The streets were dangerous, busy, and full of traffic buzzing around: here and there were market stalls, packed together, selling fruit, vegetables. Tarpaulins of faded colours hung over head, bleached by the sky. People walked by, talking, shopping, lively, busy. The roads were poor quality, pot hole filled and full of debris. A 3 legged dog ran, or rather limped out from the sun, seeking the shade, underneath the stalls. Brightly coloured buses, built nearly 70 years ago chugged in the streets. They had slogans painted on them, often religious ones, such as “God is strength” but those buses were rusting their way to heaven. Everthing happened in the street as those metal cabs and wooden clad trailers, full of smiling faces thundered past. People bought, sold, lived, and died. There a man urinated, and over there a baby was born.
How ridiculous they were, the man and his son, on the scooter. Riding tandem, weaving through the traffic, past the people selling honey, rum, mangoes, pineapples, goats, everything you could imagine and more. They weaved past one- handed beggars, their faces grey with fear, their withered hands and stumped arms, the look of hunger in their eyes.
It was easy to escape the beggars. The man pulled on the scooters throttle, but not too fast. These streets were more bomb craters than tarmacked avenues. They weren’t trying to escape the beggars, or the market, but the zombies.
The zombies were on their scent. The boy pointed and the man aimed his scooter at a large deserted building. They could hide up in there. The boy and the man shut the doors and windows they could find, and hid inside the metal building, boiling in the sun. The sun hammered down on the corrugated roof, and so the boy and his father looked for a cool spot. They found the longest corridor, and secured their zone. They opened the doors, one by one, into the long empty dusty offices, looking for barriers, weapons. The last door swung open, they found the janitor’s supply niche full of chemicals and cleaning equipment.
There was a sink. Water.
They splashed themselves with dizziness and glee! Cool, fresh, the water trickled over them as they splashed, cooling down. A moment of pleasure in the heat and fear.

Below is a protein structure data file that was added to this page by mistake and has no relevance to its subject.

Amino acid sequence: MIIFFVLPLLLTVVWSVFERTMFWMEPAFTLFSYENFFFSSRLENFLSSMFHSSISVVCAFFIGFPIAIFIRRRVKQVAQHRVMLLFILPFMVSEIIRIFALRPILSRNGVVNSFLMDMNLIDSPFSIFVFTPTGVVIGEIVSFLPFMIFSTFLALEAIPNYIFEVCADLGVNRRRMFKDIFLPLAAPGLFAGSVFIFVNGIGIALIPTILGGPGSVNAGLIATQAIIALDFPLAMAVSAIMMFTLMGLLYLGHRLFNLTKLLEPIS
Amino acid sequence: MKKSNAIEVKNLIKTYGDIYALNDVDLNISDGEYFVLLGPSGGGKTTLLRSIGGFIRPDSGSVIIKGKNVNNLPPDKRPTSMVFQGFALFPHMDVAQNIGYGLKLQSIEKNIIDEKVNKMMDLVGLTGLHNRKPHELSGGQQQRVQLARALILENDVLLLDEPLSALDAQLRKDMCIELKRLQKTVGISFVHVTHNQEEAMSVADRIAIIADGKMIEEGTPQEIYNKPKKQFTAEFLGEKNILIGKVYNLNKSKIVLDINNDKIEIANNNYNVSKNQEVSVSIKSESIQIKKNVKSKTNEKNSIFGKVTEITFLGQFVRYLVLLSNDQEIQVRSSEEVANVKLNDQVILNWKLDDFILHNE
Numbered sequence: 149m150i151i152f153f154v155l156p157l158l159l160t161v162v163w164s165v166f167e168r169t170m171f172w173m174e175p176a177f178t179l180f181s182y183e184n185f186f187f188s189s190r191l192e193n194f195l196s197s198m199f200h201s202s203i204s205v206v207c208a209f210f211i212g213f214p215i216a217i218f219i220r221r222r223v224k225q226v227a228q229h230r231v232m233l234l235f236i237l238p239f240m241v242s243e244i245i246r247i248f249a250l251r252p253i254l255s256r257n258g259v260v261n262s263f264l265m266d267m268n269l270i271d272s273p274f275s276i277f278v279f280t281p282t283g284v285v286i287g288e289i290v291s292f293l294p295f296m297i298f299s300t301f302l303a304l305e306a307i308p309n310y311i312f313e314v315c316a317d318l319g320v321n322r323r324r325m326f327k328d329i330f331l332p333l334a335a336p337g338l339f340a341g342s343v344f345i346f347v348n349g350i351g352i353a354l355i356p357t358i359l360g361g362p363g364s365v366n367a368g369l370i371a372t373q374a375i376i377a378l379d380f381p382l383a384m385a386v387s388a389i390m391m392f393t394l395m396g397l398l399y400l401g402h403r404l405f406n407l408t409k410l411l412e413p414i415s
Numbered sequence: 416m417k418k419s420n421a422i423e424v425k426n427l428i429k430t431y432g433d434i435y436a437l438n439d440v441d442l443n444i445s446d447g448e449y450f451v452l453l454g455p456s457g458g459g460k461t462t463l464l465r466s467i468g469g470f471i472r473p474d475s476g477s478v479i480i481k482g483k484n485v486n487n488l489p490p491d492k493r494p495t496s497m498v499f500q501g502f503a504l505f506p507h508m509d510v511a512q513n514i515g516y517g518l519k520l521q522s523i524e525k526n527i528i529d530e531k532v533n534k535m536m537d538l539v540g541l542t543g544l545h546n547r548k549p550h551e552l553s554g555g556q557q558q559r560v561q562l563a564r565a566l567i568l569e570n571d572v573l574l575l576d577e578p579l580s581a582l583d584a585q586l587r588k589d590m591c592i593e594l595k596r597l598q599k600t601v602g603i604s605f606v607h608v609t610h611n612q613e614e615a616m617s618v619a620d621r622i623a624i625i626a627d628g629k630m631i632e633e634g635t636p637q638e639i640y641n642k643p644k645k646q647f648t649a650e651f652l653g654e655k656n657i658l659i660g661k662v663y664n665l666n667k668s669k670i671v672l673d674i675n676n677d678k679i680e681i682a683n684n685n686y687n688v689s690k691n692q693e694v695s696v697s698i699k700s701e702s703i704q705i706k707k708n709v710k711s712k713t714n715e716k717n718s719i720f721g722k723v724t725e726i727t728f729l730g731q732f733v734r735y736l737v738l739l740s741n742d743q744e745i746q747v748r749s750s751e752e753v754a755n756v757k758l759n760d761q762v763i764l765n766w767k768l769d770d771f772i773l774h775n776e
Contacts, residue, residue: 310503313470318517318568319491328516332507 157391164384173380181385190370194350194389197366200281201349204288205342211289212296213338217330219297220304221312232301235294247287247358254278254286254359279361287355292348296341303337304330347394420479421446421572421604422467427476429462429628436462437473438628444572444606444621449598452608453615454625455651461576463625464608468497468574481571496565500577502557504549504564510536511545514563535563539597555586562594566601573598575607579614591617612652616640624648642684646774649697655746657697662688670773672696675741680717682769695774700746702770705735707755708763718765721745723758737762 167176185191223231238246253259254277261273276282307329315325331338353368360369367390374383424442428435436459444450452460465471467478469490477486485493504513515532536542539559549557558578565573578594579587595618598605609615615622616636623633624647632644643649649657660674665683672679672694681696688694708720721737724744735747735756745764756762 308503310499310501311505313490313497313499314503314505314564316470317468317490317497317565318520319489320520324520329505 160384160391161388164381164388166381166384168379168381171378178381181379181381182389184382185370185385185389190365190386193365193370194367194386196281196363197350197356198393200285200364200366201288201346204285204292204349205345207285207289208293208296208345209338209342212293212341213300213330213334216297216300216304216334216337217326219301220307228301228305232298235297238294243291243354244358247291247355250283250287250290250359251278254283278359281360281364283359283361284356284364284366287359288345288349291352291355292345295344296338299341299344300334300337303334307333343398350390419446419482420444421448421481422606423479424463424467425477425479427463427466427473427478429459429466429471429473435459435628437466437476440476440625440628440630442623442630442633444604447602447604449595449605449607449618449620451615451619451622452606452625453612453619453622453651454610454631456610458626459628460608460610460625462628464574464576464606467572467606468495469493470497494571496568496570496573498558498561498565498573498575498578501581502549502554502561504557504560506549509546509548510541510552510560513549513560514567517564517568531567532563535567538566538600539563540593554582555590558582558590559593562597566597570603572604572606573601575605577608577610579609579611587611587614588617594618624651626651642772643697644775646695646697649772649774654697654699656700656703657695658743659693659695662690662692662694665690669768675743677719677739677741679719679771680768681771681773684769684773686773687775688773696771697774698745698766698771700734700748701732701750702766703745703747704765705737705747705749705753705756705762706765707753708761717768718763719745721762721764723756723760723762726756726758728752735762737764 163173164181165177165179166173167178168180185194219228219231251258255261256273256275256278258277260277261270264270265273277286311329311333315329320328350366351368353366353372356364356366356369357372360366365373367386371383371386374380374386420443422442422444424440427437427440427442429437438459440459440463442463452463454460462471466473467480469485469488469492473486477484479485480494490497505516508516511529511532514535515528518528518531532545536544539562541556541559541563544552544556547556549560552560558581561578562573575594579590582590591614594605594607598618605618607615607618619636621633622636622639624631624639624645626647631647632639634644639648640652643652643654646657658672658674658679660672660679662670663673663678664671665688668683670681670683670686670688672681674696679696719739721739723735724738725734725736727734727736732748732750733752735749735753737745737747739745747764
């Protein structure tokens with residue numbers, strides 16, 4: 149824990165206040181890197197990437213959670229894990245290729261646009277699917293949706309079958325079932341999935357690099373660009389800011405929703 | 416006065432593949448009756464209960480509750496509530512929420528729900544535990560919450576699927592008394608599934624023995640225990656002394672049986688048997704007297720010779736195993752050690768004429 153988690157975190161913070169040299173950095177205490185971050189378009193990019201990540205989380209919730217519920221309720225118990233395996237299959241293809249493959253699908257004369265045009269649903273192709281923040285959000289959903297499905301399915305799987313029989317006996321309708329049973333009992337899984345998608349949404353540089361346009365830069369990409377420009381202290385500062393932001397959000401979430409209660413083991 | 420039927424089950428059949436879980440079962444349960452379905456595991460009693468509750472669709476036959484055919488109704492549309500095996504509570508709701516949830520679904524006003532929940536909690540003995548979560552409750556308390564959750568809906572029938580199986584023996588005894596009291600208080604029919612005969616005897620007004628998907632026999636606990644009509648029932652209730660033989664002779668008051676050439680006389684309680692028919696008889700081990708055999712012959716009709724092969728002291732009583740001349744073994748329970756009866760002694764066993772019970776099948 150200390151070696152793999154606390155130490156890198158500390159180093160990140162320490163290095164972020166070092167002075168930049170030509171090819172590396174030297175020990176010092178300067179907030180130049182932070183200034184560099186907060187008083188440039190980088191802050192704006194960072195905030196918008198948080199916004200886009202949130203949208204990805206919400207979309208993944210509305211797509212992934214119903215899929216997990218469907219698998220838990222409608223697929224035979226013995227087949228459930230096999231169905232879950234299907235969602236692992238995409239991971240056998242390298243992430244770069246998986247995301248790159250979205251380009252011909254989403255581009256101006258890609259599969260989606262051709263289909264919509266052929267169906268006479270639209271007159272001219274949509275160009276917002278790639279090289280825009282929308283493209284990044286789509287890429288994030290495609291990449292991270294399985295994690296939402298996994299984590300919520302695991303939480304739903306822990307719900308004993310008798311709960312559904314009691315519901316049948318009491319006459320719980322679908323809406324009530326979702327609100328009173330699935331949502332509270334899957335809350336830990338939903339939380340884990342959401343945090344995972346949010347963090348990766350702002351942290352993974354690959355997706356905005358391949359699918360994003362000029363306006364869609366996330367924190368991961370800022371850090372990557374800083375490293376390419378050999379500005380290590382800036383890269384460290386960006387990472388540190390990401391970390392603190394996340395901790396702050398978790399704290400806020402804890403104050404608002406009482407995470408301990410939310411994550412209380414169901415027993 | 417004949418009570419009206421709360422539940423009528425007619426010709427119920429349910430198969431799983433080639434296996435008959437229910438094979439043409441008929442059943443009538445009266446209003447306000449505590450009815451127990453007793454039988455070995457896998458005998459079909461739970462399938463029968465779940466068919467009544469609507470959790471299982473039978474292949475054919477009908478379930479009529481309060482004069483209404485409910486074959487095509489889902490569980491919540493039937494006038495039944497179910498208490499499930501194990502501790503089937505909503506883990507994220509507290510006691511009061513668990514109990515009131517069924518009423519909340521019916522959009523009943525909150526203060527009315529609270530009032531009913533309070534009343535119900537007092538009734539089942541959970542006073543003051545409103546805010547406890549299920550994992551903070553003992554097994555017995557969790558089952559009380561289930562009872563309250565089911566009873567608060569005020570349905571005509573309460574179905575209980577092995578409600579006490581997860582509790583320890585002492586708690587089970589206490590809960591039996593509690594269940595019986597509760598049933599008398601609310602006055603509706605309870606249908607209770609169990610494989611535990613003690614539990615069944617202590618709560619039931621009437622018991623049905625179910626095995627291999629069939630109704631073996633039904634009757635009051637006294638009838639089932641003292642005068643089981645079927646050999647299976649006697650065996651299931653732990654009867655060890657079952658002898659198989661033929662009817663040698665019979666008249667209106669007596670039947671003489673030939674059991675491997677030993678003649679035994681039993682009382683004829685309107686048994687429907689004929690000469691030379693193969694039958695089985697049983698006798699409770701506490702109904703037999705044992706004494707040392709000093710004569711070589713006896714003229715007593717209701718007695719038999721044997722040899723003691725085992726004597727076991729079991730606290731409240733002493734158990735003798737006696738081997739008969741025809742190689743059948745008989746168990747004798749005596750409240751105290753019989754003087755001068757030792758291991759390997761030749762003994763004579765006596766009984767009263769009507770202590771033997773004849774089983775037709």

Banging started outside, on the metal walls. It seemed to freeze the water to their skin.
The zombies were closing in, that was sure.
The boy and the man, startled from their daydream, hid under the sink. The tap was running, water dripped over the sink, onto the floor. They watched in the shadows. The zombies staggered past , down the corridor, one by one, their shadows creeping across the wall. The zombies could hear heartbeats, the boy had told his father. But the gushing of the tap drowned out the heartbeat, and the water dripping down hid their body heat; Shivering in the damp, hardly daring to breath, eyes bulging with fear, sweat foaming in their fearful skin. The zombies continued their crazy goose step. The man looked around; here were some cleaning chemicals; that could be useful. But how could you kill something already dead?
In their search for a safe place, the man and boy had become boxed in. The father looked into the eyes of his son. He could see fear, dread, and love. They were crouching; the zombies would kill them if they found them. He scrabbled, looking for a solution, and found a tin. An insecticide bomb!
The pulled off their t shirts, and wrapped them round their faces, trying to cover their mouths from the gas, and then the man pulled the bomb safety clip and threw it into the corridor. Smoke poured out, filling the zone. The boy took his father’s hand, and they ran, pushing at zombies in the smoke, running into the shadows, and out of the building. Haiti had certainly come to life. Outside, they slammed the door, trapping the zombies. They climbed on the scooter and headed for the hotel and then the airport. At the hotel, they grabbed their stuff, paid the bill, and left.
They got to the airport, and took the next plane out, to Miami. It didn’t matter about the cost or the destination, just flee! They just hoped the pilot wasn’t a zombie.